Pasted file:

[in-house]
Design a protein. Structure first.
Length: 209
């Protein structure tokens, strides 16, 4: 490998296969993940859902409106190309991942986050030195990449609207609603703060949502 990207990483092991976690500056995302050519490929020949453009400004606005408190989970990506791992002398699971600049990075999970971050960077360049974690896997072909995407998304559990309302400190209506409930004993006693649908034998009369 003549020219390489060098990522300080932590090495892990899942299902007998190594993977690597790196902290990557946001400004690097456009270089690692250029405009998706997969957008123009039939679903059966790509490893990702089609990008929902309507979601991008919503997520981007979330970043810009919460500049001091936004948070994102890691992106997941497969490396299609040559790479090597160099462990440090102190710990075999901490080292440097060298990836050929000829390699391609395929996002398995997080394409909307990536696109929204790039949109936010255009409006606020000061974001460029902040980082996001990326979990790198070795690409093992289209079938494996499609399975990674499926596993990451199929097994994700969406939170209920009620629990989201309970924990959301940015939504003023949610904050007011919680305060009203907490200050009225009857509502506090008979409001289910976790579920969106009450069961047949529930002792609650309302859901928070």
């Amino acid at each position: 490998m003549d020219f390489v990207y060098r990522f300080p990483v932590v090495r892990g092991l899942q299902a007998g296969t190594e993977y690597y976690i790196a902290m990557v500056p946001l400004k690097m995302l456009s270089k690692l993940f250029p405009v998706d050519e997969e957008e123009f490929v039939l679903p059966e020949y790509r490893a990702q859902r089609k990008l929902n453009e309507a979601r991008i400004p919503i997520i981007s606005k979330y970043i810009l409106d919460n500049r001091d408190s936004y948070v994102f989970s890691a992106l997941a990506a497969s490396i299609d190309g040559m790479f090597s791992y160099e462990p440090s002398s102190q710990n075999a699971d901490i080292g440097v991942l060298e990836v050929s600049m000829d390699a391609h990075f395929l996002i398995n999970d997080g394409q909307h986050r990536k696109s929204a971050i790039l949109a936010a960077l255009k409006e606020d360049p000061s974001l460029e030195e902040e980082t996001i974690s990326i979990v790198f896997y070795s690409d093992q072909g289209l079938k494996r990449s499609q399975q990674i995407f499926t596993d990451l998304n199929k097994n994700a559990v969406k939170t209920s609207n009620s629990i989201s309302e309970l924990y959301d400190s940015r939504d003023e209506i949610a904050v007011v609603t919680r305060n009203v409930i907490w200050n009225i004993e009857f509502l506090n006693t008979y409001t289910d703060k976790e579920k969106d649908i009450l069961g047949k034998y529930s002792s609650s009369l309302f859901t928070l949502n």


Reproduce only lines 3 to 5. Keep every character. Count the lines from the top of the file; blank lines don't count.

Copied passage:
Length: 209
């Protein structure tokens, strides 16, 4: 490998296969993940859902409106190309991942986050030195990449609207609603703060949502 990207990483092991976690500056995302050519490929020949453009400004606005408190989970990506791992002398699971600049990075999970971050960077360049974690896997072909995407998304559990309302400190209506409930004993006693649908034998009369 003549020219390489060098990522300080932590090495892990899942299902007998190594993977690597790196902290990557946001400004690097456009270089690692250029405009998706997969957008123009039939679903059966790509490893990702089609990008929902309507979601991008919503997520981007979330970043810009919460500049001091936004948070994102890691992106997941497969490396299609040559790479090597160099462990440090102190710990075999901490080292440097060298990836050929000829390699391609395929996002398995997080394409909307990536696109929204790039949109936010255009409006606020000061974001460029902040980082996001990326979990790198070795690409093992289209079938494996499609399975990674499926596993990451199929097994994700969406939170209920009620629990989201309970924990959301940015939504003023949610904050007011919680305060009203907490200050009225009857509502506090008979409001289910976790579920969106009450069961047949529930002792609650309302859901928070």
């Amino acid at each position: 490998m003549d020219f390489v990207y060098r990522f300080p990483v932590v090495r892990g092991l899942q299902a007998g296969t190594e993977y690597y976690i790196a902290m990557v500056p946001l400004k690097m995302l456009s270089k690692l993940f250029p405009v998706d050519e997969e957008e123009f490929v039939l679903p059966e020949y790509r490893a990702q859902r089609k990008l929902n453009e309507a979601r991008i400004p919503i997520i981007s606005k979330y970043i810009l409106d919460n500049r001091d408190s936004y948070v994102f989970s890691a992106l997941a990506a497969s490396i299609d190309g040559m790479f090597s791992y160099e462990p440090s002398s102190q710990n075999a699971d901490i080292g440097v991942l060298e990836v050929s600049m000829d390699a391609h990075f395929l996002i398995n999970d997080g394409q909307h986050r990536k696109s929204a971050i790039l949109a936010a960077l255009k409006e606020d360049p000061s974001l460029e030195e902040e980082t996001i974690s990326i979990v790198f896997y070795s690409d093992q072909g289209l079938k494996r990449s499609q399975q990674i995407f499926t596993d990451l998304n199929k097994n994700a559990v969406k939170t209920s609207n009620s629990i989201s309302e309970l924990y959301d400190s940015r939504d003023e209506i949610a904050v007011v609603t919680r305060n009203v409930i907490w200050n009225i004993e009857f509502l506090n006693t008979y409001t289910d703060k976790e579920k969106d649908i009450l069961g047949k034998y529930s002792s609650s009369l309302f859901t928070l949502n």